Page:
Archive

Monthly Archives: October 2012

So I’m sitting in my house, in bed, with most of the lights out. I am hiding from the teenster trick-or-treaters. Call me paranoid, but I walked past several youngsters on bikes in masks on the walk home from the train. This isn’t the riots people.

In keeping with the Halloween mood, I thought I’d read one of the Grimm Tales in Phillip Pullman’s new book:

Grimm Tales for Old and Young by Philip Pullman
Publisher: Penguin Classics
IBSN: 9781846140266

I’ve had this in my TBR pile for a while now after reading lots and lots of its reviews. As per usual I have too many books on the go, so instead, I thought I’d read a tale at a time.

Tonight…because it sounded creepy….I read ‘The Girl With No Hands’.

To be honest, it wasn’t that creepy. Weird though. It’s a story about a miller who unwittingly sells his daughter to the devil. This is only at first. The miller cowardly goes on to cut off his daughters own hands to save himself. Some crazy deal with the devil.

The daughter leaves – I would! – and because she is so good in spirit and angel looks after her and brings her to food and shelter. And they all live happily ever after. Forget about the devil? Yeah you did! He’s still trying to mess everything up, bur bear in mind this is still a fairy tale – so everything works out ok in the end. Well, I wouldn’t be that happy with having spent years of my life in peril, but ok, sure, be happy about it.

Pullman’s tone is easy to read and I liked his explanatory paragraph at the end, but I’m not sure how gripping it would be to read in full.

Anyways, have a spooky evening y’all.

Randy Penguins, the future of publishing?

So the official news came out yesterday of the merger between two of the giant publishing houses: Penguin and Random House. Although it’s brought some funny merger nicknames – the Randy Penguin being my favourite, try and come up with a logo for that – it highlights, more than ever, the scarily changing world of publishing.

Ebooks, don’t get me wrong, you are very convenient (hush kindle, I still love you), but don’t ever ruin the physical book. Hear that people? GO AND BUY A REAL BOOK SOON, PLEASE, THANK YOU VERY MUCH.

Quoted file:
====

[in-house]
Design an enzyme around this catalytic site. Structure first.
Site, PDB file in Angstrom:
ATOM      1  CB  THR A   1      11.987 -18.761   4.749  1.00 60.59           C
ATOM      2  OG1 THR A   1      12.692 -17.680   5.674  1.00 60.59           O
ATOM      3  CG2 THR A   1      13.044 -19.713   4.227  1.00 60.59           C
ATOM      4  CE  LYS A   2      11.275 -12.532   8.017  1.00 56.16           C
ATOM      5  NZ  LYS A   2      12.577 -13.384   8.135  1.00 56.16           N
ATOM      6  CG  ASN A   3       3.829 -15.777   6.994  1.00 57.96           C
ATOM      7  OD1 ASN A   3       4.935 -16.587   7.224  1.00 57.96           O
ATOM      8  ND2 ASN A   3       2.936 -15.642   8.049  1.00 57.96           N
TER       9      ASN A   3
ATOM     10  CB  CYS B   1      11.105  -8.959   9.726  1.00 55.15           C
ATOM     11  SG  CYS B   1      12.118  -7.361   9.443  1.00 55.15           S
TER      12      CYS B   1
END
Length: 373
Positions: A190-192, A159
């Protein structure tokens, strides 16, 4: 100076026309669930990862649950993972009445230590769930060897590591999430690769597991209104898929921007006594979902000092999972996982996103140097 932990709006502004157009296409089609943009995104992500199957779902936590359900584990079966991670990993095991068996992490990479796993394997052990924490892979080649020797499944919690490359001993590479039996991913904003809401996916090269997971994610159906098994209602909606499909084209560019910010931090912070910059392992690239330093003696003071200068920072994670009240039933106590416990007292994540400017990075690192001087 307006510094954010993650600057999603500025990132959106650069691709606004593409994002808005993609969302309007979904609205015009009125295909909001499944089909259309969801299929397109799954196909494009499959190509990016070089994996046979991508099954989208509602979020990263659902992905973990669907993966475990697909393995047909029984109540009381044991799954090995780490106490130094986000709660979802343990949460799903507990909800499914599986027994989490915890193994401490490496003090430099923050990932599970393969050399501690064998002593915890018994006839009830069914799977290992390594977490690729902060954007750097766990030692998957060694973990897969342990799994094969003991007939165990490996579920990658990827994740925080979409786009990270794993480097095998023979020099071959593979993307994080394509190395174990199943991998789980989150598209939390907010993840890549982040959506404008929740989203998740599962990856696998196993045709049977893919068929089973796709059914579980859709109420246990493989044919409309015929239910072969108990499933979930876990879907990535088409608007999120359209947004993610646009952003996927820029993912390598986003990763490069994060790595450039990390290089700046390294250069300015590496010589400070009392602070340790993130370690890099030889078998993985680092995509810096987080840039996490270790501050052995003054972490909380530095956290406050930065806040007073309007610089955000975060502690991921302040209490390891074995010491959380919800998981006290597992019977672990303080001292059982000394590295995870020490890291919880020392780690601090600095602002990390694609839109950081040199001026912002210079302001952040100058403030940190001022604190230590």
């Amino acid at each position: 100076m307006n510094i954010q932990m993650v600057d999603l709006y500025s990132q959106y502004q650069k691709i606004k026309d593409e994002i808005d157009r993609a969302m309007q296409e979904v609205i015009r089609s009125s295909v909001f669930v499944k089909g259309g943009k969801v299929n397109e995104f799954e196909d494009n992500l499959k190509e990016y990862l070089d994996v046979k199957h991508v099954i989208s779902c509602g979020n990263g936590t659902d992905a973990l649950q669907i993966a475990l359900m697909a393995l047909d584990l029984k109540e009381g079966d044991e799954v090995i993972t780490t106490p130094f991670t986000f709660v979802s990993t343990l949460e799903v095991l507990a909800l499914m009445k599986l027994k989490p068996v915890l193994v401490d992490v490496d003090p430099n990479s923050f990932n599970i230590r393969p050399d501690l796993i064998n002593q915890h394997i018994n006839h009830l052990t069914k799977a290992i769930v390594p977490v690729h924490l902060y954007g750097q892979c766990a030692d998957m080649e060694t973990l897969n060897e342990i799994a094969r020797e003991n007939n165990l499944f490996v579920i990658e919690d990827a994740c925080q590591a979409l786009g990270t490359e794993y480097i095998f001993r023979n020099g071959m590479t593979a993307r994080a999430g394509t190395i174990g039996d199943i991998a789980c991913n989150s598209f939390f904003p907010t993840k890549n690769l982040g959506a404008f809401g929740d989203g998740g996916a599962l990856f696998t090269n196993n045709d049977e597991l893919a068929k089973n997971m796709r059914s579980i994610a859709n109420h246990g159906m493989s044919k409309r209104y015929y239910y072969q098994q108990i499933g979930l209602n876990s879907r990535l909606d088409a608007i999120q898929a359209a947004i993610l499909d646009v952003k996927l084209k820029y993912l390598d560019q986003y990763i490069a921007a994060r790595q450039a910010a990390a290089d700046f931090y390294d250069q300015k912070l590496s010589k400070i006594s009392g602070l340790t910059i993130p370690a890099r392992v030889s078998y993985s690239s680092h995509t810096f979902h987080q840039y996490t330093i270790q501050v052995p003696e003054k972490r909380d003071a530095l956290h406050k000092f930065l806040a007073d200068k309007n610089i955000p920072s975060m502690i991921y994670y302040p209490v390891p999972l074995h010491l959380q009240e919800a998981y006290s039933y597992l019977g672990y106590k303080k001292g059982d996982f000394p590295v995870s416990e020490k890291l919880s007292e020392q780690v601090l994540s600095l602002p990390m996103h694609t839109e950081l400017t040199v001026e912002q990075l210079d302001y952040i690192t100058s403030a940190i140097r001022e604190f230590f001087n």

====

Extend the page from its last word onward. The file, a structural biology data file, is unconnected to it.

I can’t help but think of the merger as one less opportunity to get into the publishing industry.

Read The Bookseller’s article, here, for a useful round up of the media’s reaction.

As for bloggers’ reactions, here are two of my favourites, both from http://title2come.tumblr.com/

The Merger: 

Amazon…

Random Penguin’s House…

Everyone else (me included)…

The Rumour Mill: Penguin and Random House 

Twitter:

Me:

IBSN: 9781472100146
Published by: Corsair
Publication Date: 17th January 2013

This little gem was handed to me, in proof copy form, with the lines ‘well everybody else is going bat-shit crazy for this, so you might as well read it too.’ Hmm. Bat-shit crazy, I thought, I think I will.

Now, I love a good crime thriller as much as the next Lee Child and Harlen Coben enthusiast, but this was something different. Renner’s debut novel follows David Neff, a best-selling author who is still struggling with the aftermath of his wife’s suicide. Thrown back into writing by his pushy editor, he investigates the murder of the man from Primrose Lane.

I found myself enthralled in Renner’s suspenseful plot line, his oscillations between past and present creating questions I had to read on to answer. This was until I reached the first interlude. Confused. Apparition about a frog-type monster. I won’t go into details, wouldn’t want to ruin the incredible tie-ins. And then suddenly we’re back into the swing of things, the book and I, continuing on the search for the identity of the Man from Primrose Lane.

And then something happens. I had to read it back over four times to make sense of it. I’m still not sure I’ve made sense of it. I was tossed out of my comfortable crime-thriller world into a narrative I wasn’t sure I liked. The book became difficult, messy even, but definitely thinking outside of the box.

By the end of the book, I wasn’t sure if what I was reading was fictional or auto-biographical. Lavender from Matilda ran through my head with her distinctive, croaky ‘wow’. If you like your reading easy and satisfying, then don’t buy this book. But if you’re up for a rewarding challenge…read away.

4/5